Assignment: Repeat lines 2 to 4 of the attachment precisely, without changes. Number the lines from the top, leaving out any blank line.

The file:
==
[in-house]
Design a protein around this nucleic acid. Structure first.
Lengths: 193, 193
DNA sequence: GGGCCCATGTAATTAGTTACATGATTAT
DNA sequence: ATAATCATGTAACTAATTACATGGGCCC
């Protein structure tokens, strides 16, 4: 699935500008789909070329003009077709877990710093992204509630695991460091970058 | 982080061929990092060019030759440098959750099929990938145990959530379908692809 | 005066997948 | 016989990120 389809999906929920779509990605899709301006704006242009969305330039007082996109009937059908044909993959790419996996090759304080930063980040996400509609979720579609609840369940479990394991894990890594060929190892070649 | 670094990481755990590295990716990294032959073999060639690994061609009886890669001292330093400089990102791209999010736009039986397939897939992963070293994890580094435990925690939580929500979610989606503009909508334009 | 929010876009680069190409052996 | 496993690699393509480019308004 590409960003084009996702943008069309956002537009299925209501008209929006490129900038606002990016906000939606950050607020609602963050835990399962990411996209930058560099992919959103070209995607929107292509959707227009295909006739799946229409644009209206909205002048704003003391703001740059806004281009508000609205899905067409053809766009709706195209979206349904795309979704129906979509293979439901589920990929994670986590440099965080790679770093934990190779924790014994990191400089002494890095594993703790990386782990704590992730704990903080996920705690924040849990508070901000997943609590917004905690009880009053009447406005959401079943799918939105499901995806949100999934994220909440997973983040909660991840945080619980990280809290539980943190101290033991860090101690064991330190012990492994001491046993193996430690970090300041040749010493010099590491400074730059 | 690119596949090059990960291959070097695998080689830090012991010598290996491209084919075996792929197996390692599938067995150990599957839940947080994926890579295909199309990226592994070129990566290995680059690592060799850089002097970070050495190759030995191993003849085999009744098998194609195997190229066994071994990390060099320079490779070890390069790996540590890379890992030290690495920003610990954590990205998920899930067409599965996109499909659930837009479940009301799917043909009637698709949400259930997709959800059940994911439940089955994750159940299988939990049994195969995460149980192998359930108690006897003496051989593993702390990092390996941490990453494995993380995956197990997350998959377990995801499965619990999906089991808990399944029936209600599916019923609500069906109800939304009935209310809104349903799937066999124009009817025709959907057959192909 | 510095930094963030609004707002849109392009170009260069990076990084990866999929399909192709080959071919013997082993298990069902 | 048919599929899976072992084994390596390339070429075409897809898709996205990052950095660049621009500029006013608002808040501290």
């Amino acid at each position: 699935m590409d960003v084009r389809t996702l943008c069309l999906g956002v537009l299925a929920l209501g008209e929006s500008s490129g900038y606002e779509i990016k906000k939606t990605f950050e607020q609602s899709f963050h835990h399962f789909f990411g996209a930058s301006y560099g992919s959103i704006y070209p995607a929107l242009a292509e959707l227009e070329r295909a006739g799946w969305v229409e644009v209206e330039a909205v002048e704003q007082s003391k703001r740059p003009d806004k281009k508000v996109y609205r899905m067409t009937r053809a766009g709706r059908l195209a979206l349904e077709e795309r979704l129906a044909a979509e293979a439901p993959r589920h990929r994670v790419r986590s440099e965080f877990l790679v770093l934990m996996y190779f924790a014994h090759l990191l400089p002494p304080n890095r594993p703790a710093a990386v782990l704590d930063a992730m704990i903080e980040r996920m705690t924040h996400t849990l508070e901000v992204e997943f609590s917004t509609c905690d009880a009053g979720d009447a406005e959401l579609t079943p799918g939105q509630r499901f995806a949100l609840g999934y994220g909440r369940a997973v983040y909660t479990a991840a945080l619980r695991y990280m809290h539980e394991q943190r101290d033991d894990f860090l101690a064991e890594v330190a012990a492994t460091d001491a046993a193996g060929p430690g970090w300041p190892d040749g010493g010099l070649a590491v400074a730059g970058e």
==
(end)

Design a protein around this nucleic acid. Structure first.
Lengths: 193, 193
DNA sequence: GGGCCCATGTAATTAGTTACATGATTAT